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Let's say I have a Brownian motion, such that I know its value at time 0 (0) and time T (also 0). I am trying to evaluate the time spent above 0 between time 0 and T.

Obviously I know that the average of this value is 1/2, but is there a way to know the full law of that duration? Or are there other known theoretical results for this? I am guessing this is a fairly common problem but I am unable to find references for this.

Thanks!

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Yes the time spent above zero by the trajectory of a Brownian bridge is a uniform random variable, see Exercise 3.9 in Chapter 12 of Continuous Martingales and Brownian Motion by Revuz and Yor.

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Did told me this is a well known result, though Googling confirms that it is not very easy to find on the internet (as you probably realised)

For a Brownian Bridge $X$ with $X_0=0=X_1$, the distribution is a Uniform distribution on $[0,1]$. This result is due to Levy. I found this in a book called Handbook of Beta distribution and its applications page 193.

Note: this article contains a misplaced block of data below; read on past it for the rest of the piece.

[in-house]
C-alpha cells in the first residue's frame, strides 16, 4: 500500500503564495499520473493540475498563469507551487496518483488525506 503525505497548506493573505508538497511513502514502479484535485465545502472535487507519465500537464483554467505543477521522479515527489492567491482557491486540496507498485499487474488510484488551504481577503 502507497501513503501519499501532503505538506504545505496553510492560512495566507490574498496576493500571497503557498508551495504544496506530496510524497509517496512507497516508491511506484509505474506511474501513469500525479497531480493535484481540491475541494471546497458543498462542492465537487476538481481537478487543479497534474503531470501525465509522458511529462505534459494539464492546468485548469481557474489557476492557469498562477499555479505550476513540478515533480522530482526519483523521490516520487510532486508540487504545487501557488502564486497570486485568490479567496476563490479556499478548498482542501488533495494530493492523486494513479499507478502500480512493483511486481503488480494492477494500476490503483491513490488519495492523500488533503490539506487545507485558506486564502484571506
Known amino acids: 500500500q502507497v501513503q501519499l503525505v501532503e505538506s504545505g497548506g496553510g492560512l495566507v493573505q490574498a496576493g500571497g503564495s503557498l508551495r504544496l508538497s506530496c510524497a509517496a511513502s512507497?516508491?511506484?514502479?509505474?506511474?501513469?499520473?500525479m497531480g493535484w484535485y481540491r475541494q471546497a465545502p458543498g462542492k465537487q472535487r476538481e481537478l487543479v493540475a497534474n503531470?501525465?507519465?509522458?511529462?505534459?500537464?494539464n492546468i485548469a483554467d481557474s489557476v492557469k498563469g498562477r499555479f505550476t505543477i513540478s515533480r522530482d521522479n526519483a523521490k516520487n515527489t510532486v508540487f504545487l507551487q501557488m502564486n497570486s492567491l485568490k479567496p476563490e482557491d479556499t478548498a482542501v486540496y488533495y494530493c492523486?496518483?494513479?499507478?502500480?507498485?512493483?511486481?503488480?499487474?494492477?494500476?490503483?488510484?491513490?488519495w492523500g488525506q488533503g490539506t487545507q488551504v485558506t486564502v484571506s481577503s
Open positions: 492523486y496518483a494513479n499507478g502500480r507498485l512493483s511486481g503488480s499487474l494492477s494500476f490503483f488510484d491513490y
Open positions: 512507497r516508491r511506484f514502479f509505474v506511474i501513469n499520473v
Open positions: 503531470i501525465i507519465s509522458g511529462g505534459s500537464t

(I was able to view the part of this book for this answer on Google.)

Notice the Arcsin law for a Brownian motion says the amount of time spent by a Brownian motion above $0$ is Beta distribution with parameters $(1/2, 1/2)$ and uniform distribution is Beta distribution with parameter $(1,1)$.

The book claims the results has since been generalised, but does not give any references.

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